Frequently reference questions offer tantalizing tangents utterly unrelated to the original question. I recently pulled a book called The Hare (1896), from the Fur and Feather series edited by Alfred E. T. Watson, for a visitor that was interested in information on coursing. In addition to information about hare hunting, this book includes a section on Cookery. Interesting and practical!
In his introduction to the series Mr. Watson says, “Each volume of the present series will, therefore, be devoted to a bird or beast, and will be divided into three parts. The Natural History of the variety will first be given ; it will then be considered from the point of view of sport ; and the writer of the third division will assume that the creature has been carried to the larder, and will proceed to discuss it gastronomically.” (The Hare, Preface page v.)
Intrigued by the possibilities of 1896 cookery, I leafed through hare cookery only to stumble across this line, “The only meat I know which might be taken for hare is that of the porcupine, not only in flavour and closeness of grain, but also in appearance, ‘which the blacknesse thereof convinceth,’ for, contrary to the general impression, it is not white. A young porcupine about half-grown is really a delicacy.” (p. 262).
Really? Porcupine meat was so commonly consumed that it could be used as a reference to describe hare? I suppose the porcupine, trundling along through the woods, would be a lot easier to catch than the speedy hare but even so it seems like the porcupine would be the exotic meal, not the hare.
On to the cookbooks for further research! NSLM has quite a few modern day, game cookbooks which I perused looking for porcupine recipes.
Next to the expected recipes for pheasant and venison, I did indeed find quite a few recipes for porcupine! I also found preparations for a whole host of other critters that I didn’t realize people ate outside of survival situations. Items on the menu include, crow, fox, groundhog, muskrat, opossum, and raccoon. Recipes are generally preceded by tips on the appropriate dressing and handling of game. This is especially critical to those of us who have only cooked with prepared, packaged meat from the grocery store. The recipes themselves cover a wide range of preparations and, for the most part, sound pretty tasty. It’s interesting to consider the culturally determined rules governing what is considered food and what isn’t.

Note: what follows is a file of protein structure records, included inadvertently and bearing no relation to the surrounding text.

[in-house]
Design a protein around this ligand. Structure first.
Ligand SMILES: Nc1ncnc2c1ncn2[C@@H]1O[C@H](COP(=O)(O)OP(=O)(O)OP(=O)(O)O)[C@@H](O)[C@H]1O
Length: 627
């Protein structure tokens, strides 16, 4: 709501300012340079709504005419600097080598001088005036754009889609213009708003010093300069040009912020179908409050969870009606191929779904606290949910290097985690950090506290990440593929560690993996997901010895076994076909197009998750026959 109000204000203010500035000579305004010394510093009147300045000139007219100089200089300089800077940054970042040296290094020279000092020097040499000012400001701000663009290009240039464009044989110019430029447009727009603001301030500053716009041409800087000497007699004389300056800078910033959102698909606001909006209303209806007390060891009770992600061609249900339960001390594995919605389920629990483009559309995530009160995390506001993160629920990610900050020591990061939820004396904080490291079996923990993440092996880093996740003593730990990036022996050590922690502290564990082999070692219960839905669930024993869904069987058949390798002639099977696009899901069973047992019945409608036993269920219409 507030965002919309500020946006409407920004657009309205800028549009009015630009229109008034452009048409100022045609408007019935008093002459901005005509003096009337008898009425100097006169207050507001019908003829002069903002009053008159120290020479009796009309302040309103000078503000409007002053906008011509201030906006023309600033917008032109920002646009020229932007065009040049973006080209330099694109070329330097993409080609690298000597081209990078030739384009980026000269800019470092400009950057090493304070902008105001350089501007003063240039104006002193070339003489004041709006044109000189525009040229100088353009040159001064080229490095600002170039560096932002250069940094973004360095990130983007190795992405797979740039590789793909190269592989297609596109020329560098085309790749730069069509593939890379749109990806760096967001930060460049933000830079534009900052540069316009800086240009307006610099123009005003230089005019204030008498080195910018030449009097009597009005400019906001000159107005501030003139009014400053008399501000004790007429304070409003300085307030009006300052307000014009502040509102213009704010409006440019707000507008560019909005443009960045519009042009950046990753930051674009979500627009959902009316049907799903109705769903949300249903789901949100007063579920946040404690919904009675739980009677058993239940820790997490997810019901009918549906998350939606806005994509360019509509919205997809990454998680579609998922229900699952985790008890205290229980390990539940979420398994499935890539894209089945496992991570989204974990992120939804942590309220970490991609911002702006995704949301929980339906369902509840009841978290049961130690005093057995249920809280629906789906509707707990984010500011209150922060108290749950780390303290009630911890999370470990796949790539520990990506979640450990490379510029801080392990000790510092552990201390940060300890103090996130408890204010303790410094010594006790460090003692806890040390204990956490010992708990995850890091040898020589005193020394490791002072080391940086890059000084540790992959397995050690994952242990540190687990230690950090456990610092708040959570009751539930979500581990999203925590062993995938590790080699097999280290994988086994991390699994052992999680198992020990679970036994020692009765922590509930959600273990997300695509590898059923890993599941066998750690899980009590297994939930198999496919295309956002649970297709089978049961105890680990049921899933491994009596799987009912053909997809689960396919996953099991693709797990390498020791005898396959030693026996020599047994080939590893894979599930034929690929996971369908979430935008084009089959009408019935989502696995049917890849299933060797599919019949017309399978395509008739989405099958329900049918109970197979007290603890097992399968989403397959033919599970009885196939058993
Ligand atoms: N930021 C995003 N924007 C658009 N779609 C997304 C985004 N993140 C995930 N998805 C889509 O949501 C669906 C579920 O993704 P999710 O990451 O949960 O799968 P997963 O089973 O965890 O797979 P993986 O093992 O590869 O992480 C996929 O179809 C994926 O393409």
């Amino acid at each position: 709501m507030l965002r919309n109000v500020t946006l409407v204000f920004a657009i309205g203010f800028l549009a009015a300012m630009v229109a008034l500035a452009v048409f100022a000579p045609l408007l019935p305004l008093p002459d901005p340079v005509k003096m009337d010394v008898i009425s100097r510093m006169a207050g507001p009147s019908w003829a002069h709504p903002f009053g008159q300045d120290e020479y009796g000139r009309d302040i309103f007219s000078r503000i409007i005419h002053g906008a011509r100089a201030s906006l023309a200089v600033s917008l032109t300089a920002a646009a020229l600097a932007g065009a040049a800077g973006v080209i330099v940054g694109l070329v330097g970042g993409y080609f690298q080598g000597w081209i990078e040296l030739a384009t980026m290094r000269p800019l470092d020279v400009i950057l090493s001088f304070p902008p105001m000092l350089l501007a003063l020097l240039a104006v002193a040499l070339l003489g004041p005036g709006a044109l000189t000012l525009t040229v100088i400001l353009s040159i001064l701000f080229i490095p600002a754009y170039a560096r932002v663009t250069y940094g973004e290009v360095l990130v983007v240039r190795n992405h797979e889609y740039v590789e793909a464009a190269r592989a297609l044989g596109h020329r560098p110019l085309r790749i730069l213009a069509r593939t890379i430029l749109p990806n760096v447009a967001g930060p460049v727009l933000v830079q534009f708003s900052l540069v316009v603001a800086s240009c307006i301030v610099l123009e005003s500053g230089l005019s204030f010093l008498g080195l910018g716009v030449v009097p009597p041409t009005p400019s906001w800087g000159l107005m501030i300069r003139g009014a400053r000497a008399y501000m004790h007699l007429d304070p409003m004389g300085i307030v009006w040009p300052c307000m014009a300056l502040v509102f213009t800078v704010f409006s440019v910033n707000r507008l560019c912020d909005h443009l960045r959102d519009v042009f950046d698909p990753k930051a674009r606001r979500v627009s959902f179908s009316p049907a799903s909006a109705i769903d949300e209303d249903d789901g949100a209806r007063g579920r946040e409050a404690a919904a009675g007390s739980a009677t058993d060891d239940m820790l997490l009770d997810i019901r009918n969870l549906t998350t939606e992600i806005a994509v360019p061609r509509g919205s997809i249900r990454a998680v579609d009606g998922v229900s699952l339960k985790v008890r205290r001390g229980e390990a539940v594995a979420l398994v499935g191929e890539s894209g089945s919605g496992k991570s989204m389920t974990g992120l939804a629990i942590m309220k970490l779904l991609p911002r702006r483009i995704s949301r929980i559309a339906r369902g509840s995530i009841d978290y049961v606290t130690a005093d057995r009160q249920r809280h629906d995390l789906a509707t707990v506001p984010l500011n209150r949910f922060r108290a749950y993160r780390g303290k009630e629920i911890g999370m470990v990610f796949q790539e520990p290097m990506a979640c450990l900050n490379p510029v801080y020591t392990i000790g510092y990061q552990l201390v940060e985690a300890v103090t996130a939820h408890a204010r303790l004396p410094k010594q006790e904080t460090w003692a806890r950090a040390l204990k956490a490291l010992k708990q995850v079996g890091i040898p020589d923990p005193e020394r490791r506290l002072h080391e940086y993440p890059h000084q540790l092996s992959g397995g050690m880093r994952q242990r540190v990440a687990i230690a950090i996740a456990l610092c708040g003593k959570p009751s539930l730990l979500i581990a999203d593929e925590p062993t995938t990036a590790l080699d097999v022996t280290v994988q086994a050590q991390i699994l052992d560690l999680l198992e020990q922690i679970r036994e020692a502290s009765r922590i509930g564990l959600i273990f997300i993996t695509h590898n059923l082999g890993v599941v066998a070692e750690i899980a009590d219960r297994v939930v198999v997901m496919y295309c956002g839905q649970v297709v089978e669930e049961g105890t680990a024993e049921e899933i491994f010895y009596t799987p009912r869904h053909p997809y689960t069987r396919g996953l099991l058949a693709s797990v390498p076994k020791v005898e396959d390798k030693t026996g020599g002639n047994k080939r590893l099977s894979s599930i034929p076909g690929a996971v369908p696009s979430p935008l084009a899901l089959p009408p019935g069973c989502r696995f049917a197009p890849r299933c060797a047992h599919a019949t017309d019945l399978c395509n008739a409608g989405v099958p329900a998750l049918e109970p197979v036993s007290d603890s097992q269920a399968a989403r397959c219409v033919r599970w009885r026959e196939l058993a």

Just as I was turning away from the cookbook shelf, I noticed a bright green cover and made the mistake of pulling it out for a look. In my hands was, The Country Housewife and Lady’s Director by Richard Bradley, originally published in 1736.
Of course I couldn’t resist checking out what cooks were up to in 1736. On a positive note, they were very thrifty and what we would call “green.” They used EVERYTHING. However, here’s a short list of some less savory tidbits from back in the day: Recipes for “Viper-Soup from Mr. Ganeau” (p. 149-150), for “Calf’s-Head Pie” (p. 158-159), how “To Prepare the Caviar, or Spawn of the Sturgeon” (p. 23), and “The Manner of Pickling and Drying of Sheeps Tongues, or Hogs Tongues, which they call Stags Tongues, from a celebrated practioner of forty years standing in London” (p. 27).
I also found out that, “The badger is one of the cleanest creatures, in its food, of any in the world, and one may suppose that the flesh of this creature is not unwholesome. It eats like the finest pork, and is much sweeter than pork” (p. 145).
Ugh, maybe I’ll stick with the porcupine.
If you would like some fresh ideas on cooking game I’d be happy to show you our cookbooks any time. They contain many ideas for preparing game fowl, as well as both large, and small game. Alternatively, if you’d like to challenge Anthony Bourdain and his Parts Unknown show to a time traveling episode, I have a cookbook that’ll be just the thing!
Erica Libhart has served as the Mars Librarian at the National Sporting Library & Museum (NSLM) since early 2016. The focus of her position is collection services, working to increase accessibility to NSLM’s collection of books, periodicals, and archival materials. The NSLM collections span over 350 years of the history of equestrian sport, as well as fly fishing, wing shooting, and other field sports. Have a question? Contact Erica by e-mail